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NEW FOREIGN CHIEF Ernest Bevin Has Double Sense Of Big Events The popular idea of the present Minister of Labour and -National Service as the "tough guy" of the War Cabinet is not altogether untrue, but is far from the whole truth, wrote a correspondent of the London Observer after an interview with him in December, 1942. True, he does not suffer casual interviewers gladly. After all, he has other things to do and those things are what matter. You go away feeling that there is no doubt about his being a big man,, but that the public is quite right. "The first British statesman to have been born a working man and remained one"—some such phrase seems to sum him up. And then you realise that you have missed the point of most of what he actually said to you and that he is a far more complicated proposition than you had any idea of while you were talking to him.

Practical Imagination

Ernest Bevin is one of nature's intellectuals. His mind is farreaching, powerful, above all creative; lacking only that tidiness, that economy of method which a prolonged education would have given him—at what price one cannot say. (Other Labour leaders, with a more formal education than Bevin, may have tidy minds, but they lack his glorious expansiveness.) Bevin has a Cecil Rhodes type of practical imagination. He has that same double sense of big events, nurtured partly in the WQmb of history, partly in the intellects of big men with big conceptions.

He has built a Union of 950,000 men, but he is conscious that the tide of the century has flowed irresistibly in his favour. "None of us—Ben Tillett and those fellows— ever dreamed that we'd see all this in our lifetime." He gives a supreme impression of being on the same side as history, but of having no intention that history should have things all her own way.

The Minister of Labour is sometimes spoken, of as a future Prime Minister. He himself disclaims all political ambitions. But, then, who among the mighty does not?

Any critics would be reassured* if they talked to Bevin. i No man has less pent-up bitterness. Perhaps because if he has anything • unpleasant to say he says it to a man's face—as when he .trounced poor Lansbury at the famous "sanctions" Conference of the Labour Party at Brighton in 1935. He detests class differences ("I want us all to be one family and have no classes within the State"), but he is convinced that they are fast vanishing. The war is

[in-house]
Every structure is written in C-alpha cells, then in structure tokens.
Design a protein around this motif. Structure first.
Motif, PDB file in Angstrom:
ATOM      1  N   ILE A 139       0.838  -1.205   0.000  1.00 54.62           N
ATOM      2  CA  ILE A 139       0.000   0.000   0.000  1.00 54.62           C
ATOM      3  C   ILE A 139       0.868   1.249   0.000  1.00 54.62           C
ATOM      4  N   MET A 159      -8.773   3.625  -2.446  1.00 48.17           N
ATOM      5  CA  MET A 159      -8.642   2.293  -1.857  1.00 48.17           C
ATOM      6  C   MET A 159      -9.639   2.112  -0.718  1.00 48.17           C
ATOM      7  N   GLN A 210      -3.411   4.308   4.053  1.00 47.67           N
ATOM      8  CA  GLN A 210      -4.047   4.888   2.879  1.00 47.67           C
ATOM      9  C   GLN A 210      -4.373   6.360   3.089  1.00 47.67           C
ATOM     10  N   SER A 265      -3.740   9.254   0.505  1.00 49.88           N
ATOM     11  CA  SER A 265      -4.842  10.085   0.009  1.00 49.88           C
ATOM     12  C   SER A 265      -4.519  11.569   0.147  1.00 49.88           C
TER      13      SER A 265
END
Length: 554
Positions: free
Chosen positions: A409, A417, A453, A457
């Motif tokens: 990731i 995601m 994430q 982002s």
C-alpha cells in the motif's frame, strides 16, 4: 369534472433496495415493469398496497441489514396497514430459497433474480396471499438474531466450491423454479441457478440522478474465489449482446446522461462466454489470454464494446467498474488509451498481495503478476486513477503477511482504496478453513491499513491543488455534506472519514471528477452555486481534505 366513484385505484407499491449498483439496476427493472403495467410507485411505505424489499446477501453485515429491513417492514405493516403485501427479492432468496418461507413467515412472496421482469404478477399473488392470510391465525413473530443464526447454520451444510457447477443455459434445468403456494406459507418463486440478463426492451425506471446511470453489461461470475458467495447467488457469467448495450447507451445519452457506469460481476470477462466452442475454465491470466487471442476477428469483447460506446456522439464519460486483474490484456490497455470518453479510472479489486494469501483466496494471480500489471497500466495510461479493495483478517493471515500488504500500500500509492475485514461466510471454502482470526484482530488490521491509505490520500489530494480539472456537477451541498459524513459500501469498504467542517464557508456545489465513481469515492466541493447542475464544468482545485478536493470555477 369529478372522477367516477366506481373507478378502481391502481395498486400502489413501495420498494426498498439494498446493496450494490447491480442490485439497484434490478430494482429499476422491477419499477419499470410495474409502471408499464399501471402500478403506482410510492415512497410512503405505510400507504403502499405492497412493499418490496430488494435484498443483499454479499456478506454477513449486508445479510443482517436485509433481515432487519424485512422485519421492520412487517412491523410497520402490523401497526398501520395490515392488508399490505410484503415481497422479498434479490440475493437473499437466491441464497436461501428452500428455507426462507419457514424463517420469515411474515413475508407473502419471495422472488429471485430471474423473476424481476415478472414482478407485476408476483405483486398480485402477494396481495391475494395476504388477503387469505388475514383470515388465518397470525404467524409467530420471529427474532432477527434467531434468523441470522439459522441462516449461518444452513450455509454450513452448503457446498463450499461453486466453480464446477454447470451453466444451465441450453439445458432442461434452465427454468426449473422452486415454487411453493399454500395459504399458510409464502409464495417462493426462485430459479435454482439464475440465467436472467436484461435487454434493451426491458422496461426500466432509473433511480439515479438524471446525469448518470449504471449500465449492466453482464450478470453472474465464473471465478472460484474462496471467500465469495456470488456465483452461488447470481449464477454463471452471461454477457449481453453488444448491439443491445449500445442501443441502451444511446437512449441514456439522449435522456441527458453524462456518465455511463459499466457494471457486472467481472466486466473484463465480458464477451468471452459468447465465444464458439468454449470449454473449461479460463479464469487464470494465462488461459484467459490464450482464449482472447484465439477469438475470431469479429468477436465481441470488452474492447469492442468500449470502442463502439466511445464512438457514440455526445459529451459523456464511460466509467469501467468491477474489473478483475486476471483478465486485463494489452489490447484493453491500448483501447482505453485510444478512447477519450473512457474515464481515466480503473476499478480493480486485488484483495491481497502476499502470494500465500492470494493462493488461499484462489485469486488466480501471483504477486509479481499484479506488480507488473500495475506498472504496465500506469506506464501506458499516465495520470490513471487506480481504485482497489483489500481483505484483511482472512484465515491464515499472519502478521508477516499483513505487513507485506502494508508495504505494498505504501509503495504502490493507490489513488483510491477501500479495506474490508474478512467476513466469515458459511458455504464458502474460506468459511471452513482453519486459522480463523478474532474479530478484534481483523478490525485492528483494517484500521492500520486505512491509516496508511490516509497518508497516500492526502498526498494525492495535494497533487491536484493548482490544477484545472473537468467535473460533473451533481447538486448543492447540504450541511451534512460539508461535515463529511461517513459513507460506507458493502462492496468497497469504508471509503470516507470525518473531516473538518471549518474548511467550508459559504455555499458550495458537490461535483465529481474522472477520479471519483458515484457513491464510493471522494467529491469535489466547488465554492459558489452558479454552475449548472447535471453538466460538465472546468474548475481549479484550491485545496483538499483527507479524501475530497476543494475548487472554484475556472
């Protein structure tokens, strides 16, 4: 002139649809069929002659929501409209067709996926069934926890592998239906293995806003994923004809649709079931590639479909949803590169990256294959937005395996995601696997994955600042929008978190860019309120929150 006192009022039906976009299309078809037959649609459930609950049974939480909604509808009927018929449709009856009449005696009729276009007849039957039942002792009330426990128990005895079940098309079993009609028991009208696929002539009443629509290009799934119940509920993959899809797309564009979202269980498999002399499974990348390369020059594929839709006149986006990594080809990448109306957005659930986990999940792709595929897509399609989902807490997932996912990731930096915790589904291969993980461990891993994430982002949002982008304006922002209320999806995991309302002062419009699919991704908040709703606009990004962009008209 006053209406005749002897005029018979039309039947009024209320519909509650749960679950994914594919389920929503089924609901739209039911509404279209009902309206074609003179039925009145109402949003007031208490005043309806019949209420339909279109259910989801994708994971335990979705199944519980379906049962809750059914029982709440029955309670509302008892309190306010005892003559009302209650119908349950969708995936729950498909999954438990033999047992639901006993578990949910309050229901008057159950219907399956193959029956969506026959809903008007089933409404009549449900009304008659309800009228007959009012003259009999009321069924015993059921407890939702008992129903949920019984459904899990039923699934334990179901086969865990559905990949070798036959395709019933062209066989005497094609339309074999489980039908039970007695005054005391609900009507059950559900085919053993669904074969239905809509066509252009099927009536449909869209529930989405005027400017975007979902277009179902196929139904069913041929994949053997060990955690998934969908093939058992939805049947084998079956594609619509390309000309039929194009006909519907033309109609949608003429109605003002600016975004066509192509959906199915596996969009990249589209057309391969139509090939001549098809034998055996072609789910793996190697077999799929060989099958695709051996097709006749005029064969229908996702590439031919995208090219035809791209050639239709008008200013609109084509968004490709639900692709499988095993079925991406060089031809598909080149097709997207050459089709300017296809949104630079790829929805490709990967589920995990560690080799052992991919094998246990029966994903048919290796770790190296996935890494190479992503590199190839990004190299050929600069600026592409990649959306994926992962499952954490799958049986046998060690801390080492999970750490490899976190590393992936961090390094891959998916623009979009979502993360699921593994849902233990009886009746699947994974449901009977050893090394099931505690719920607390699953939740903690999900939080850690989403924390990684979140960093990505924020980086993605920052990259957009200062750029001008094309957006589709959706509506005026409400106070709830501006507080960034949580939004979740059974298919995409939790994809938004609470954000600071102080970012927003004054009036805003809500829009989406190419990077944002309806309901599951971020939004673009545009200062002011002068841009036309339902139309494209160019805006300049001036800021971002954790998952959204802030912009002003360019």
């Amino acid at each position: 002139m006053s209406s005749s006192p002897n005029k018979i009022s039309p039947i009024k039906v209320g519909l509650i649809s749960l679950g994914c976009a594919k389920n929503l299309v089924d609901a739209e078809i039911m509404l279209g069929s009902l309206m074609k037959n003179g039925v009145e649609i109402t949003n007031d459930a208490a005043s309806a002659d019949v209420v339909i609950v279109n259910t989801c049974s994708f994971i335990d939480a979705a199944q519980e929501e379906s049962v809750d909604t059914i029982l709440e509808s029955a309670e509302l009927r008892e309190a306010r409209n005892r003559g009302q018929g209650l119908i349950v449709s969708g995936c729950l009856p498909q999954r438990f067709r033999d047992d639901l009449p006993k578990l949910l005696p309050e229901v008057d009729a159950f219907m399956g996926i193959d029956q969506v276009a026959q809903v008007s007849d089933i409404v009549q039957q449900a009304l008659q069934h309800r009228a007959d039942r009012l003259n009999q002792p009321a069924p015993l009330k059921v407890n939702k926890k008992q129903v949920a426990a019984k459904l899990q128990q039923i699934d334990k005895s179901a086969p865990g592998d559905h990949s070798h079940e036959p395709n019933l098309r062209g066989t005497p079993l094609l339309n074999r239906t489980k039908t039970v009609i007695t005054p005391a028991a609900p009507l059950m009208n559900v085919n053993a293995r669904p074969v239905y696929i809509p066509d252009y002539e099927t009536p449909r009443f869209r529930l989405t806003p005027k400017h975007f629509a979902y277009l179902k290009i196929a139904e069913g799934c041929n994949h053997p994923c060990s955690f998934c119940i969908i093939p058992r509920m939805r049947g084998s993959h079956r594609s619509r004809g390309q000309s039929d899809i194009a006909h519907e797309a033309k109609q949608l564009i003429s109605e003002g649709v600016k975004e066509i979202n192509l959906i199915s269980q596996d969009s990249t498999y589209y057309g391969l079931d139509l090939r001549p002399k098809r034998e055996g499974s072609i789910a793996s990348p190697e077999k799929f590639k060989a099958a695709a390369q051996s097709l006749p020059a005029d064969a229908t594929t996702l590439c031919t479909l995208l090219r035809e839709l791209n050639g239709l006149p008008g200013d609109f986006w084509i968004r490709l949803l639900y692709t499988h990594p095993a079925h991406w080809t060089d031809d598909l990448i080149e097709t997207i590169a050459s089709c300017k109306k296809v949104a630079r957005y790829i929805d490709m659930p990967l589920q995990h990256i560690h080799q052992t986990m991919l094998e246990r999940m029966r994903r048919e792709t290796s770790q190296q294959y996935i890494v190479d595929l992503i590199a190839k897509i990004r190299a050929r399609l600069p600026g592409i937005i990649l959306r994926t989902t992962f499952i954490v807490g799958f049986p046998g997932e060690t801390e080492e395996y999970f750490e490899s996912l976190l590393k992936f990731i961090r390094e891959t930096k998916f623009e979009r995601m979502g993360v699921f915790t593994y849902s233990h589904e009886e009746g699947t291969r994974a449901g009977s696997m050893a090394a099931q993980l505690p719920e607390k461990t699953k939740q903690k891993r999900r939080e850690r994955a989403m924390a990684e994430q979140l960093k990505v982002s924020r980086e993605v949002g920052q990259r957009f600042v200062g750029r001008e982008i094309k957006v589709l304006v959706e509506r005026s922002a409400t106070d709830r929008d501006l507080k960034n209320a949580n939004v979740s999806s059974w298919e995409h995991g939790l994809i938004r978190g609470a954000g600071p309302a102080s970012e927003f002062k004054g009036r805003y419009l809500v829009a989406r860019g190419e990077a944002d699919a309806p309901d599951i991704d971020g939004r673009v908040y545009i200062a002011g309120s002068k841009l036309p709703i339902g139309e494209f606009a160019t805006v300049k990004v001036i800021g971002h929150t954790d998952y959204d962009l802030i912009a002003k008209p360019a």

MA J.-GENERAL SIR MONTAGUE STOPFORD, Commander of the British Twelfth Army in Burma. The Twelfth Army, according to an announcement from South-east Asia Command, is the force attacking the Japanese trapped in the Sittang River bend. It is made up of British, Indian, Gurkha and African troops.

hastening the process. "Won't there," you ask, "always be a few people living oh capital in luxury hotels?" "I don't want to be unkind to anyone," he replies, and you think for once that he is going to talk red revolution, "but I couldn't wish them any worse fate than to have to go on living in one of those places for ever." A Nation of Craftsmen The money side of the social revolution he reckons will look after itself. The real problem comes with the effort to make England a nation of craftsmen, as she'll have to be if she is to continue to lead the world. And here it must be all levelling up in terms of skill. Compulsory education up to eighteen is essential, and the whole people must be trained far more than ever before in the use of their hands. "You don't realise," he says, "what a world of difference the shorter hours that came after the last war have made to the life of the people." You ask him whether any complications haven't resulted when it comes to intensifying the war effort. He answers "Why, .all the big inventions we've made in this war have come from the leisure industries. Even an intellectual must have heard of radio-location. You'd never have had the radio industry developed if the workers hadn't had time and money for their wireless sets." "What do you think of the intellectuals?" you manage to get out as the secretaries lay their hands on you for the last time. "Oh!" he returns, grinning, "they've got their uses—even in war-time."

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Bibliographic details

EXPANSIVE MIND, Auckland Star, Volume LXXVI, Issue 177, 28 July 1945

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EXPANSIVE MIND Auckland Star, Volume LXXVI, Issue 177, 28 July 1945

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